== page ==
It is amazing how a simple pattern of little black squares can open a whole new world of possibility. From restaurant ordering and mobile payments, to password generators and Pokémon Go, Quick Response codes – better known as QR codes – have revolutionised the way we deliver and track products, and information.
Since the COVID pandemic, QR codes have played a key role managing people and security too. The distinctive squares can be found everywhere as Governments and businesses tap into our handy obsession with mobile phones to manage virus exposure and for contract tracing worldwide.
As any change manager knows, it is often much easier to get people on board with new ideas if they can use tools that are comfortable and familiar, like mobile phones and QR codes.
That’s why any site access or complete integrated people management system should include features that are instantly recognisable and simple to use.
Fries and a shake with that?
For frontend users, like staff, contractors, volunteers and visitors, QR codes can be used for site access, information retrieval and/or personal identification.
INX’s Sitepass platform, for example, uses QR codes through a point and shoot process, as simple as using your phone to scan and order fries and a “shake at Maccas”. All individuals are issued with a Sitepass ID, either as a downloadable card or as a mobile application, and they scan the QR code to view vital information and to access each site.
This information then feeds into the Sitepass backend to track the flow of people through busy workplaces, such as construction and mine sites.
When it comes to COVID reporting, or managing a viral outbreak, Sitepass provides complete transparency over risk, safety and compliance with all the information you need in one easily accessible, real-time system that can be accessed as and when needed.
That makes guesswork history.
Or something from the supermarket?
Talking of history, QR codes were one of the fascinating inventions to come out of tech-savvy Japan post WW2. They began with basic barcodes, which were developed in response to an explosive growth in supermarket shopping. Many checkout staff experienced wrist pain from having to manually key product prices into clunky cash registers so the scannable barcode label was born.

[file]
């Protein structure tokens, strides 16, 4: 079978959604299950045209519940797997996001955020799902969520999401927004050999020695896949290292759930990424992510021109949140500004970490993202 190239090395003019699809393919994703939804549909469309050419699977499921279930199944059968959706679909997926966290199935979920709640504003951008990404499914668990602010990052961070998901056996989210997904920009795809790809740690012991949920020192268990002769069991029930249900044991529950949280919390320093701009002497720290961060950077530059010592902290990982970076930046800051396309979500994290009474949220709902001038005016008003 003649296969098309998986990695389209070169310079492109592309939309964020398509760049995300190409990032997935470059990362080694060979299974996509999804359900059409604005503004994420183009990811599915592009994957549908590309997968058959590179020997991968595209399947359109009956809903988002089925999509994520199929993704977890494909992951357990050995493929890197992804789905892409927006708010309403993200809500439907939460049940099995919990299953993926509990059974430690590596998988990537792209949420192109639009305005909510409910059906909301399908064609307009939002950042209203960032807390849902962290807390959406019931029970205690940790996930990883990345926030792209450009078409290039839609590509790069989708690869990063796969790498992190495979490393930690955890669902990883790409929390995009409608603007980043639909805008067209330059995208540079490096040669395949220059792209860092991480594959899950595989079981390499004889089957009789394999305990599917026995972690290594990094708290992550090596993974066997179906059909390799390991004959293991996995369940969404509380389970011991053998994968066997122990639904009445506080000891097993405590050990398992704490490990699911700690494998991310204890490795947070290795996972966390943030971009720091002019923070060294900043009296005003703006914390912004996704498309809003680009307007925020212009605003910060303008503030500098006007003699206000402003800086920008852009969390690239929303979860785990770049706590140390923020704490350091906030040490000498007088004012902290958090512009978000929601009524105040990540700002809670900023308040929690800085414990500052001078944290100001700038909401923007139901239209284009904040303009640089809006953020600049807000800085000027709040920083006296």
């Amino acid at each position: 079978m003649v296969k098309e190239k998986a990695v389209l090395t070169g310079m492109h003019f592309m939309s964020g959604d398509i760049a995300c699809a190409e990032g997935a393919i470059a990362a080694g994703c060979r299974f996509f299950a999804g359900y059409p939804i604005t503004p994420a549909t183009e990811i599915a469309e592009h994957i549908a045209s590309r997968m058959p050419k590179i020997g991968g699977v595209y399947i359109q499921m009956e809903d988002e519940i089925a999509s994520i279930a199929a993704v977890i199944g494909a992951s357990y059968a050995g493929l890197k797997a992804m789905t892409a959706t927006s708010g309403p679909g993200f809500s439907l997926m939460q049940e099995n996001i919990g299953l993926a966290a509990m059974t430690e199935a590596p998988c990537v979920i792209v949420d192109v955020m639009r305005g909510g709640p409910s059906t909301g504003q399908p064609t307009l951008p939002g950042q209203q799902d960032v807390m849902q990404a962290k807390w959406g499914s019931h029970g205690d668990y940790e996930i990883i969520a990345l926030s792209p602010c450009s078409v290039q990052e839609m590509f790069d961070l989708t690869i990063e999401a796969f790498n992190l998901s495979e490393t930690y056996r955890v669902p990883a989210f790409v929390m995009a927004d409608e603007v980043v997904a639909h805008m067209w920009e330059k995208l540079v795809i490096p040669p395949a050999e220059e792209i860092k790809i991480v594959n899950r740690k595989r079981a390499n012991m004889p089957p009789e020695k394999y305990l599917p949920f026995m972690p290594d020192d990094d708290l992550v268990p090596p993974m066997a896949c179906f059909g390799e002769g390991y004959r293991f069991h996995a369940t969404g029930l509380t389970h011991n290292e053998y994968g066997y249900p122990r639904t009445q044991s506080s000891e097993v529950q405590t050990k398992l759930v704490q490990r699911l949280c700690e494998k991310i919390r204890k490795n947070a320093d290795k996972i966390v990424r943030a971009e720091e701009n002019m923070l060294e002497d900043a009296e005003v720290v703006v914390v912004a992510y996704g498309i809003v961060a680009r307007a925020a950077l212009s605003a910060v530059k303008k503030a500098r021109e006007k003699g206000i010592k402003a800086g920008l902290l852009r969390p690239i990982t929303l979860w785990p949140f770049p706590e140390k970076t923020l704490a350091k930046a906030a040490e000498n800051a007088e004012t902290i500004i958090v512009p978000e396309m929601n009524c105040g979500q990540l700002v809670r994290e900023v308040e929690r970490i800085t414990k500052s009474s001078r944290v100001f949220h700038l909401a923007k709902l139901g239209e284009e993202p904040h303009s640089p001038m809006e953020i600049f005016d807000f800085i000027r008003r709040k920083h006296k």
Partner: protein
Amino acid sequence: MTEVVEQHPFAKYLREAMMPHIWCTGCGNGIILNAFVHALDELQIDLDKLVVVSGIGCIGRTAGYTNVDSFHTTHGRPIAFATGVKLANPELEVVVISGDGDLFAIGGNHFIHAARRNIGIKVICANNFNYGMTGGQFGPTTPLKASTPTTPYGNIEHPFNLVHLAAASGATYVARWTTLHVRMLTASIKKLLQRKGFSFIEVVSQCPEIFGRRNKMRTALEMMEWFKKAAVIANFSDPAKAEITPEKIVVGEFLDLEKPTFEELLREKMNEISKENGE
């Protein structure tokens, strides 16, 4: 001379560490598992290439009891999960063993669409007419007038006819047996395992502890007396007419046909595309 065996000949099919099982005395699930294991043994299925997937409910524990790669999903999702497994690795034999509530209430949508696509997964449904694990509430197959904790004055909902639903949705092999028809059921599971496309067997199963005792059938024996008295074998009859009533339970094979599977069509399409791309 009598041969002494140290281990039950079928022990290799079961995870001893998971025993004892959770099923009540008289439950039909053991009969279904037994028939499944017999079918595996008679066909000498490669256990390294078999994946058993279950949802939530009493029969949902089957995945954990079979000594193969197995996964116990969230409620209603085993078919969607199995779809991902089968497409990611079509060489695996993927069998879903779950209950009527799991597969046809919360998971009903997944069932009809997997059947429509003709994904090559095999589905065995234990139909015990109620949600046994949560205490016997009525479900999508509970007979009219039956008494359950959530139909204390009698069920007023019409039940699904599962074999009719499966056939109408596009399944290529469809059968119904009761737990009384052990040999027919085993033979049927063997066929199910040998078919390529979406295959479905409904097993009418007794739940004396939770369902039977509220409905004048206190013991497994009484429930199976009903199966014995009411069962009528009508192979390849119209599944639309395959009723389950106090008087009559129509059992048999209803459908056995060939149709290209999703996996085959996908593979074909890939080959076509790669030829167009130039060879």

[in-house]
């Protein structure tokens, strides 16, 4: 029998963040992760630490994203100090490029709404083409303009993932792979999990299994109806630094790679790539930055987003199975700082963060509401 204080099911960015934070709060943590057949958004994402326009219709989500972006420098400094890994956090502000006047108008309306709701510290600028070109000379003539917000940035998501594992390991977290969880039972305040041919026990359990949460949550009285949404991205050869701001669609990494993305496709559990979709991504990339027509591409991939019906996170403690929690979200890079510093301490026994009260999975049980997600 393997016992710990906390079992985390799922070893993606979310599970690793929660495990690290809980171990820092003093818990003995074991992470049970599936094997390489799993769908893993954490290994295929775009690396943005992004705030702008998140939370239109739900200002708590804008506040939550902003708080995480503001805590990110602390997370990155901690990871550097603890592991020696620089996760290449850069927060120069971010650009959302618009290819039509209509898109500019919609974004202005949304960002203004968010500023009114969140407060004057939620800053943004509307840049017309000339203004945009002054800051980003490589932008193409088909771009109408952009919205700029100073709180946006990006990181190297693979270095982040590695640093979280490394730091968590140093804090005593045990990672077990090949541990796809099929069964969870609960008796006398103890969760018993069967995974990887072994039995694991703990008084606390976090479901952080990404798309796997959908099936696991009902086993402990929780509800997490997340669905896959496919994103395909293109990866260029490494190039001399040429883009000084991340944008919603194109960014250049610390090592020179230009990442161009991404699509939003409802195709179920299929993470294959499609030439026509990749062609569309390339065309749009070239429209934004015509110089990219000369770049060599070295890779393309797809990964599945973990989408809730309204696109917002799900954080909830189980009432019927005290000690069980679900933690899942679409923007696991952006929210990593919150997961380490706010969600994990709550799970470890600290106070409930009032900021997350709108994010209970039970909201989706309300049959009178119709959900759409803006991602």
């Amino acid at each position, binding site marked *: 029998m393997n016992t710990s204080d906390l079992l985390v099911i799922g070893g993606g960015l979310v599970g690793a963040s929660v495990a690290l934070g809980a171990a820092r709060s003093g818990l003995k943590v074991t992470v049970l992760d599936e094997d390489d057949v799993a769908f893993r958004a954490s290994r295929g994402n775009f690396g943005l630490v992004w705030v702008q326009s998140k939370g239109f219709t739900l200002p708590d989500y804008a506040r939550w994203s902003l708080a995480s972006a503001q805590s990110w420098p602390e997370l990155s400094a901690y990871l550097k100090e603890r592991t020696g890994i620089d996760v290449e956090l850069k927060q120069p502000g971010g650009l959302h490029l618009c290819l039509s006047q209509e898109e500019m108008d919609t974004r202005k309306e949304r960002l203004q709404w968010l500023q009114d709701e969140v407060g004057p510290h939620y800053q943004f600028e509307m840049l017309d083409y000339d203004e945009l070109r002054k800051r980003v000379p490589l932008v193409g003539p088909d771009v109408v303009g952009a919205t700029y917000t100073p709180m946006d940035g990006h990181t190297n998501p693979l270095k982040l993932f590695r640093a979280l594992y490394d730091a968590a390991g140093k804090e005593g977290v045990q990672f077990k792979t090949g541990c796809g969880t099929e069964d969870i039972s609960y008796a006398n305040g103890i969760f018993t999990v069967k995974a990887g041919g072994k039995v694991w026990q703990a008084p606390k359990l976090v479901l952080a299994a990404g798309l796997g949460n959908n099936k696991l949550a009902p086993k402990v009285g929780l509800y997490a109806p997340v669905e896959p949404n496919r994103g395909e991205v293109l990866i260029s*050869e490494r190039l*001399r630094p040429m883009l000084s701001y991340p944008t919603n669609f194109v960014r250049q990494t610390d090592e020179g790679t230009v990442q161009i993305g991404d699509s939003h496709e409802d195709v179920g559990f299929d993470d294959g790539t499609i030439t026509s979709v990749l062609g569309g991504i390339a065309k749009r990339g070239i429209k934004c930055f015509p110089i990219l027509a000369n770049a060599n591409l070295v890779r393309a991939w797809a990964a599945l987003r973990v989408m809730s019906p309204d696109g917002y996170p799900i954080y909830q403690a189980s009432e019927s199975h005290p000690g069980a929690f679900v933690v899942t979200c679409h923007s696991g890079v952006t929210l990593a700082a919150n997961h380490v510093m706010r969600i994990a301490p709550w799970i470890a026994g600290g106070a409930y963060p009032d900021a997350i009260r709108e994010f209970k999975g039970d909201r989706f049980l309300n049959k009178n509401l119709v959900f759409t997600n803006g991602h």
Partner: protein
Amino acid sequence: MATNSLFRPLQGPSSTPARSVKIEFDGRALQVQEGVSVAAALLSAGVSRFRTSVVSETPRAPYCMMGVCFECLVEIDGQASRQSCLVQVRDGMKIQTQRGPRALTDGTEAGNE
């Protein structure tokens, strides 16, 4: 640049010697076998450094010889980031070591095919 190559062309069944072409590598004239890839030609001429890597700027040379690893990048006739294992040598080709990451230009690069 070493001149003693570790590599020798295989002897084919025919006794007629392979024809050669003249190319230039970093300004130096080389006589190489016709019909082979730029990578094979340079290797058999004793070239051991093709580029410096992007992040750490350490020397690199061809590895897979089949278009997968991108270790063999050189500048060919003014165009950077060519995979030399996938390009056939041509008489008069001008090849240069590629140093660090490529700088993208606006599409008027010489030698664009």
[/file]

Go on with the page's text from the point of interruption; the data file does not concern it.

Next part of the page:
In the 1990s, car manufacturers were on an efficiency drive and began tracking parts as they moved through the factory. They found the humble barcode, which could only store 20 characters of data, was limiting and they needed up to 10 barcodes on every component.
That was until Masahiro Hara, an engineer at Toyota’s Denso Company, started thinking outside the square and the QR code was born. He designed a pattern that combined four standardised encoding modes (numeric, alphanumeric, byte/binary and kanji) to create a label that was quick to read and able to store a whole lot more data.
QR scanning was released as standard in iPhone cameras in 2017, and Android devices were also equipped with native readers, as the QR code become the norm for automatically managing everything, from mandatory check-ins, to virtual stores, entertainment and transport ticketing, product and loyalty marketing, document and time tracking.
Enhanced through augmented reality?
Today, the use of QR codes is becoming more secure, more sophisticated and more entrenched as people find more imaginative and powerful ways to use the technology.
In June this year (2022), Australia will release its first standards for QR-code contactless payments paving the way for eftpos, BPAY and the New Payments Platform to merge as Australian Payments Plus (AP+).
Globally, QR codes have morphed beyond the technology of choice for touchless COVID services and check-in systems and have evolved into digital ‘vaccine passports’.
Organisations, like security agencies, are using them to manage personal information and to track counterfeit brands. Individuals are using them to add extra information to resumes and social media profiles.
Advanced technology is building on the versatile QR code which is being used in some augmented reality systems to determine the positions of objects in 3D space.
Where QR codes will take people management systems is yet to be realised and INX is continuing to follow its evolution and how it will improve the way people use our solutions.